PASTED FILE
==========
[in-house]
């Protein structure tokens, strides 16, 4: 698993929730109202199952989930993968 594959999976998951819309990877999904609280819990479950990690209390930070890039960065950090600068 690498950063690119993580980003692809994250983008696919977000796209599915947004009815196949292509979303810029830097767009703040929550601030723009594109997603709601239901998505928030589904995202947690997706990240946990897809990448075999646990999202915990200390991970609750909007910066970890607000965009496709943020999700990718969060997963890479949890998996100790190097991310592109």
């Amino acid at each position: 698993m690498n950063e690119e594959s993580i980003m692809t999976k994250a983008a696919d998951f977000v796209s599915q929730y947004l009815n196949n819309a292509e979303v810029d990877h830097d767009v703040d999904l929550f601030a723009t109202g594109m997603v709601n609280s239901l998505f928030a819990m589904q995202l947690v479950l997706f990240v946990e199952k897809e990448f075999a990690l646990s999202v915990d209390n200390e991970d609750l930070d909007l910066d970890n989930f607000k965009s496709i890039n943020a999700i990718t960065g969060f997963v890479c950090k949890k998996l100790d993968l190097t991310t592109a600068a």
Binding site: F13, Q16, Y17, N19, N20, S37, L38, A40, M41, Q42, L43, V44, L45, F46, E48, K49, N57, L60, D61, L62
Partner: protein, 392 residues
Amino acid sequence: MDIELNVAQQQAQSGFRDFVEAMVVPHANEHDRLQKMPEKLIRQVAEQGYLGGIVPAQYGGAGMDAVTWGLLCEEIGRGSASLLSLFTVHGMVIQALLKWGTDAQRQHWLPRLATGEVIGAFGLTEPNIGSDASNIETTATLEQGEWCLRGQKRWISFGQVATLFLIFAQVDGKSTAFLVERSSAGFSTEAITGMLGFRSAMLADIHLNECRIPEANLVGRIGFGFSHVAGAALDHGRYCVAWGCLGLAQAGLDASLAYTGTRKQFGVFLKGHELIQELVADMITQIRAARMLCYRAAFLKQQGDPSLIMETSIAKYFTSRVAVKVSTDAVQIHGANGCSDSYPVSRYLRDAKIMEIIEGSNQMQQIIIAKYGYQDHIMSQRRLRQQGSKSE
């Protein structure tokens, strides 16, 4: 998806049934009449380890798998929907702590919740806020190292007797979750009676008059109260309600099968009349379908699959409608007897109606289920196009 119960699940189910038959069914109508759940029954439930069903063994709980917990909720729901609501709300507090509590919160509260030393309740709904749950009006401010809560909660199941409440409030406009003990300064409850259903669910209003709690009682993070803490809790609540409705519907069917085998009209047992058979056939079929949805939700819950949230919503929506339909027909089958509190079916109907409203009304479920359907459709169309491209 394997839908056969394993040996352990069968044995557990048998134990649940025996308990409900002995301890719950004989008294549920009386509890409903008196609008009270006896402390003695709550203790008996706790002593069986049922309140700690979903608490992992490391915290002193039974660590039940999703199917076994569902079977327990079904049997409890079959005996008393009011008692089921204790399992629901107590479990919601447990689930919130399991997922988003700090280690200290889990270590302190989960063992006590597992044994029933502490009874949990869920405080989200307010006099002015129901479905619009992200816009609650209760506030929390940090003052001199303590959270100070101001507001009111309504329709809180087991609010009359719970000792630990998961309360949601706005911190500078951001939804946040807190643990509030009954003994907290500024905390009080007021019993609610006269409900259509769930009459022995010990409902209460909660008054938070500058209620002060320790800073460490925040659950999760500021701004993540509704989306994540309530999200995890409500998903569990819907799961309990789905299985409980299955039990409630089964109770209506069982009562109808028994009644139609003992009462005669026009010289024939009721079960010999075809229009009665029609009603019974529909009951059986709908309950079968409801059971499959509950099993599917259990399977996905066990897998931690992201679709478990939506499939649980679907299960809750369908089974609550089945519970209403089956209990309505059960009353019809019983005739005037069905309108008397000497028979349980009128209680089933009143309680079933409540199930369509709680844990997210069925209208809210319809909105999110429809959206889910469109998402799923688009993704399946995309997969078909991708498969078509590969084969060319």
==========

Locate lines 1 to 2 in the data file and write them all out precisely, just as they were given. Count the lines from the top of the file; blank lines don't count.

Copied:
[in-house]
């Protein structure tokens, strides 16, 4: 698993929730109202199952989930993968 594959999976998951819309990877999904609280819990479950990690209390930070890039960065950090600068 690498950063690119993580980003692809994250983008696919977000796209599915947004009815196949292509979303810029830097767009703040929550601030723009594109997603709601239901998505928030589904995202947690997706990240946990897809990448075999646990999202915990200390991970609750909007910066970890607000965009496709943020999700990718969060997963890479949890998996100790190097991310592109």